Paul Lacôme

Mixed chorus
Operas comiques
Operas bouffes
Comic opera
by alphabet
Chansons d'enfantsLes contes de PerraultContes bleusÀ une fleurMyrtilleJeanne, Jeannette et JeannetonRosetteLa gardeuse d’oiesLes quatre filles Aymon2 Chansons parisiennesLa fille de l'airMademoiselle AsmodéeLa chanson des saisonsSur ce rivageMadame BonifaceBercelonetteLa dot mal placéeÉchos d'EspagneLe maréchal ChaudronLes saturnalesLes ramiers ont replié leurs ailesRondalla12 PsaumesPoésies de RonsardTangoC'était une humble égliseBonjour, Suzon!Le matinTrois jours de paradisSérénade à NinonBonsoir mignonneChanson de Charles IXLe printempsHymne de l'enfant à son réveilLe wermelandEnvoiSouvenirChanson LorraineLe vieux chèneQue dites-vous mignonne20 MélodiesAdieuAir à boireLa promenade militaireLe tour du mondeSous le balconConsolationBerceuseSaltarelleSuite africaineLa leçon de dansePantomimeChant nuptialClair de luneDanse espagnoleEstudiantinaFête galanteGitanillaLa feriaMascaradePâques fleuries
Paul-Jean-Jacques Lacôme d'Estalenx (4 March 1838 – 12 December 1920) was a French composer. Between 1870 and the turn of the century he produced a series of operettas and operas-bouffes that were popular both in France and abroad. Interest in his works revived briefly during the First World War, when they were successfully revived in Paris.
Lacôme was born in Le Houga, Gers, in Gascony, the only child of an artistic and musical family. He became a competent player of the piano, flute, cornet, cello and ophicleide, and studied with the organist José Puig y Absubide in Aire-sur-Adour between 1857 and 1860. He won a prize, in a magazine competition, with an operetta, Le dernier des paladins, which was to have been presented at the Théâtre des Bouffes Parisiens, but the policy of the theatre changed and the piece was not staged.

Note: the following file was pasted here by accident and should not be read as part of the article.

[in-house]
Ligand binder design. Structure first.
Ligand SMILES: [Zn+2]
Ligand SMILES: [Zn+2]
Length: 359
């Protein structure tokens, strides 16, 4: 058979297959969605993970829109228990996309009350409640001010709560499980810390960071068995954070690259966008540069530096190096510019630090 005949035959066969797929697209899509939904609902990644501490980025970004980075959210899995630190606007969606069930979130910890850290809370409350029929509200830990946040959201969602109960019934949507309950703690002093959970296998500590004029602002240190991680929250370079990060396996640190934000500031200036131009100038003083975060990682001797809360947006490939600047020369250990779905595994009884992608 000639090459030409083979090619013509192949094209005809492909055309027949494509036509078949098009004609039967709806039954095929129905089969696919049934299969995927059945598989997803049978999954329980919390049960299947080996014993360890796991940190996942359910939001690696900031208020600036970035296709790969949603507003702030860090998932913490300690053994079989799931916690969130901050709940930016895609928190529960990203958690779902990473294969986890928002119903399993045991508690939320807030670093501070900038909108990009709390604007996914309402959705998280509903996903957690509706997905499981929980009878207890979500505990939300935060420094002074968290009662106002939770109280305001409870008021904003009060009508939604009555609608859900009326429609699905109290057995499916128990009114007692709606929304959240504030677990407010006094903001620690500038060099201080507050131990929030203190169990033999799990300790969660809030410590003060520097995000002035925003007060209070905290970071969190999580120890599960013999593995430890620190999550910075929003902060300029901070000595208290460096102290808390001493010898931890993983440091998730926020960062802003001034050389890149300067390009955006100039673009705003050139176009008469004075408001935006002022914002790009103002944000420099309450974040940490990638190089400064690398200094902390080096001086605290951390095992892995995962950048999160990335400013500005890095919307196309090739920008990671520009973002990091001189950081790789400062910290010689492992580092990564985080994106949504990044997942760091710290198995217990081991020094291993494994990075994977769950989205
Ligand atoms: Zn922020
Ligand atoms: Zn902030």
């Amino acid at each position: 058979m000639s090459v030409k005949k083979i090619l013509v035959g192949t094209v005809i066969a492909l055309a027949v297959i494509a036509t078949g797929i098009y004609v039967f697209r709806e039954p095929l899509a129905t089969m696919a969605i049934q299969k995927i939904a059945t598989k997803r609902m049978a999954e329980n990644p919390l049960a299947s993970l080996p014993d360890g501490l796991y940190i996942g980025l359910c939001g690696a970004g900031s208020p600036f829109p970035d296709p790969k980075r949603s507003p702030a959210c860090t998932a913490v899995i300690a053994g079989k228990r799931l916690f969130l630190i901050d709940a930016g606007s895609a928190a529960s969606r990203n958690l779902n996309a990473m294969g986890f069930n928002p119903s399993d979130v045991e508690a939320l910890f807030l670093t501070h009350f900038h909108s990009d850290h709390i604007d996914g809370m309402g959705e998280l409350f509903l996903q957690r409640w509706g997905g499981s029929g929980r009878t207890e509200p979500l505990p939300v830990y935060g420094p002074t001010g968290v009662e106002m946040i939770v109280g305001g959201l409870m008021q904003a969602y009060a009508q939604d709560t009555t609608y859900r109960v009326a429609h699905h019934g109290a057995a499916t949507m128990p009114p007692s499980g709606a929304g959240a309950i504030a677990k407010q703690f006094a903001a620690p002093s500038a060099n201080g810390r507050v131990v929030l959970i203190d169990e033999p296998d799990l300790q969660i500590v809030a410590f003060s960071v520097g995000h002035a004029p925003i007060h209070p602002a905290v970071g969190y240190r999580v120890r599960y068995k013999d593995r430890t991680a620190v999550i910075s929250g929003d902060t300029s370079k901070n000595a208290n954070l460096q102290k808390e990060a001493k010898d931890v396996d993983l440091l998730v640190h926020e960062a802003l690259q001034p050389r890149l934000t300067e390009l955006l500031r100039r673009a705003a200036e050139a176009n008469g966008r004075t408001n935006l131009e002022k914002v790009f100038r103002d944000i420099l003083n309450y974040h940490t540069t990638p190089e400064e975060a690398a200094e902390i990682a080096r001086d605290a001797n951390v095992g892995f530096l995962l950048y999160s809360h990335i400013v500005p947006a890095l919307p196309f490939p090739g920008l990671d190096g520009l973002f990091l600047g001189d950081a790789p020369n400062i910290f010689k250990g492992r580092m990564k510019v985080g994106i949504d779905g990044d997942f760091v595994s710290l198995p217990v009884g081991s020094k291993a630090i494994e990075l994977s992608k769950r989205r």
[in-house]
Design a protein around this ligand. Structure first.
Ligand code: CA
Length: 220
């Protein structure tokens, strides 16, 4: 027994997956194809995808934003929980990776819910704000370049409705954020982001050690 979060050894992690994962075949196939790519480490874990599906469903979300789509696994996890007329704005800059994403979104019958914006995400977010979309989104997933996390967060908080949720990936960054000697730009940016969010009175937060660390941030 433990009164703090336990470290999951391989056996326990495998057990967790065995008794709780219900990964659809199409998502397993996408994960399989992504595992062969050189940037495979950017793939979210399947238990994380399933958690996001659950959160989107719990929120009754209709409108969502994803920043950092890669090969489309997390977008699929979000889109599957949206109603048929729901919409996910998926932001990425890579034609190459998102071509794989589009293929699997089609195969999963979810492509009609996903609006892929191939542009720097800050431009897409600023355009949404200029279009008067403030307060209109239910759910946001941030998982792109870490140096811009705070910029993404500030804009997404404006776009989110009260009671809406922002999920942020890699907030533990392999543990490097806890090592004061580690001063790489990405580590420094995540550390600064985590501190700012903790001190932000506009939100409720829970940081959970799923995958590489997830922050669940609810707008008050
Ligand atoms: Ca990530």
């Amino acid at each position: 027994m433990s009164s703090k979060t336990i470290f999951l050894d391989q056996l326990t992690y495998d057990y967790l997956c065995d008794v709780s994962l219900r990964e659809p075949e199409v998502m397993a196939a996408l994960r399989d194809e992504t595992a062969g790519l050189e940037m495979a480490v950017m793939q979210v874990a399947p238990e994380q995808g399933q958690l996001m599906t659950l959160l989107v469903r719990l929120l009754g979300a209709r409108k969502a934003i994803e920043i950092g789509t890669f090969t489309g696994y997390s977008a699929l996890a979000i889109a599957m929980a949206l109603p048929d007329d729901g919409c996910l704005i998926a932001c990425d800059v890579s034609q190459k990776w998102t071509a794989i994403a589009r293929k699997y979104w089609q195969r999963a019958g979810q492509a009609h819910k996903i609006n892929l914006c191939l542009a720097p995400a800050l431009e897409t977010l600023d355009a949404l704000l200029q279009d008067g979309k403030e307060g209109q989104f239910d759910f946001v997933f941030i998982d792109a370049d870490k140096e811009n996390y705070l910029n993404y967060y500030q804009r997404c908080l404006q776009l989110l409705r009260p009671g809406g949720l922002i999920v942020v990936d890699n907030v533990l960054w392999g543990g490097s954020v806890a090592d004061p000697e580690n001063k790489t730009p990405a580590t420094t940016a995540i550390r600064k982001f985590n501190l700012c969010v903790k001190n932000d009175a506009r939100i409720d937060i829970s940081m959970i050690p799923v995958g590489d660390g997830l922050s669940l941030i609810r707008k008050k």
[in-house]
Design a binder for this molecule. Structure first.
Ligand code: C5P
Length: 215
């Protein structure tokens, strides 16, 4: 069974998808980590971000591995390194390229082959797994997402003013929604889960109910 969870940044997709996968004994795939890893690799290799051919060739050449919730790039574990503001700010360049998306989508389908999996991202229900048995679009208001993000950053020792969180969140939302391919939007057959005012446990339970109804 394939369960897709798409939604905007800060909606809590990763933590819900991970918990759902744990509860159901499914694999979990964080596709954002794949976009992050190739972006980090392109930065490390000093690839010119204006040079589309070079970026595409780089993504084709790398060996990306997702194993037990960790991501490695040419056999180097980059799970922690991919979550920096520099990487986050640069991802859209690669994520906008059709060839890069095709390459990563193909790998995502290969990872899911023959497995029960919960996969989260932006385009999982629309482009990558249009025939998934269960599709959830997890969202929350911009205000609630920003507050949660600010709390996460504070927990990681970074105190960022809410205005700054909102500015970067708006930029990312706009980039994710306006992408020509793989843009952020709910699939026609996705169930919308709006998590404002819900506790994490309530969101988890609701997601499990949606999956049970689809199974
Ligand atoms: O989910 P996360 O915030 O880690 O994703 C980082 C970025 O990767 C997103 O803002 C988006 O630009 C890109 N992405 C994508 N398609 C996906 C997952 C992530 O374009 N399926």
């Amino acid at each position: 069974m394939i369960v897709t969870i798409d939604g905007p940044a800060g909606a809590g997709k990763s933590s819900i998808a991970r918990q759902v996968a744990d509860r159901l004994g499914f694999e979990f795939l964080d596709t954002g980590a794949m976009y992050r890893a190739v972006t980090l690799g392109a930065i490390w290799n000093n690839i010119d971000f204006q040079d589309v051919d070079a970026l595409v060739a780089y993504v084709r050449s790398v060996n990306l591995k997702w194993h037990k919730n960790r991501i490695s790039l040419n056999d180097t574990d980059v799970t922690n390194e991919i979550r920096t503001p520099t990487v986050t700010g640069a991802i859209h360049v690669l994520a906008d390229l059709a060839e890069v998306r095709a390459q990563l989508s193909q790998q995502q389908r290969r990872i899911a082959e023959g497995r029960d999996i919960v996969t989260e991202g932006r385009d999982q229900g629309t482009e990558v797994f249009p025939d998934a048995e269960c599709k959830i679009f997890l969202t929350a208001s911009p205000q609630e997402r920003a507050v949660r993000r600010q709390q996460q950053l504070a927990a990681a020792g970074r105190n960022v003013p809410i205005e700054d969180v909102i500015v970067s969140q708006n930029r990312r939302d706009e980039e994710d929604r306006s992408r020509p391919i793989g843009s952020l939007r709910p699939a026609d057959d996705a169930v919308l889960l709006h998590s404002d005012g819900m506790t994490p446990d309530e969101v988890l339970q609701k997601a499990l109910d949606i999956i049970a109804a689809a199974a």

Lacôme settled in Paris, where he wrote music criticism and had more than 20 operettas performed between 1870 and the end of the century. His operetta La Dot Mal Placée ("The Misplaced Dowry", 1873) was a hit abroad as well as in Paris. It played 117 times in Barcelona, and had similar runs in Naples, Madrid and Austria. Madame Boniface was given in Montreal in 1885. Ma mie Rosette (1890) was his biggest success in Britain in 1892, starring Jessie Bond and Courtice Pounds, among others, with additional music by Ivan Caryll. In France, the most successful of his shows was Jeanne, Jeannette et Jeanneton (1876), which ran for more than 200 performances despite having a libretto previously rejected by Offenbach.
In addition to his operas, Lacôme composed songs, chamber music and orchestral works, including a ballet, Le rêve d'Elias (1899), which ran for more than 100 performances in Paris and had a similar run in London. To mark the centenary of the French Revolution in 1889, he conceived the idea of reviving the operas of the revolutionary era, reorchestrating them to suit modern tastes. Under his supervision there were revivals of Paisiello's The Barber of Seville and Dalayrac's Raoul, sire de Créqui and La soirée orageuse at the Opéra Comique.
In 1901 Lacôme retired, returning to live at the family house at Le Houga. He became a local benefactor, endowing the church and founding a music school at Mont-de-Marsan nearby, where he taught until 1912. He was made a Chevalier of the Legion of Honour. Some of Lacôme's works were revived in Paris during the First World War, when, as one commentator put it, the French craved reminders of a happier era. Between 1914 and 1918 there were revivals of Ma mie Rosette and Jeanne, Jeannette et Jeanneton, and two revivals of Madame Boniface.
Lacôme died at his house in Le Houga at the age of 82.
Paul Lacôme has sometimes been confused with his fellow composer Paul Lacombe (1837–1927). Some of Lacôme's scores, including La fille de l'air and Les quatre filles Aymon, were published as composed by "Paul Lacombe".
Lacôme's operettas are listed below, with the names of the librettists and dates of Paris premières:
Fauser, Annegret; Everist, Mark, eds. (2009). Music, Theater, and Cultural Transfer: Paris, 1830–1914. Chicago: University of Chicago Press. ISBN 978-0-226-23928-6.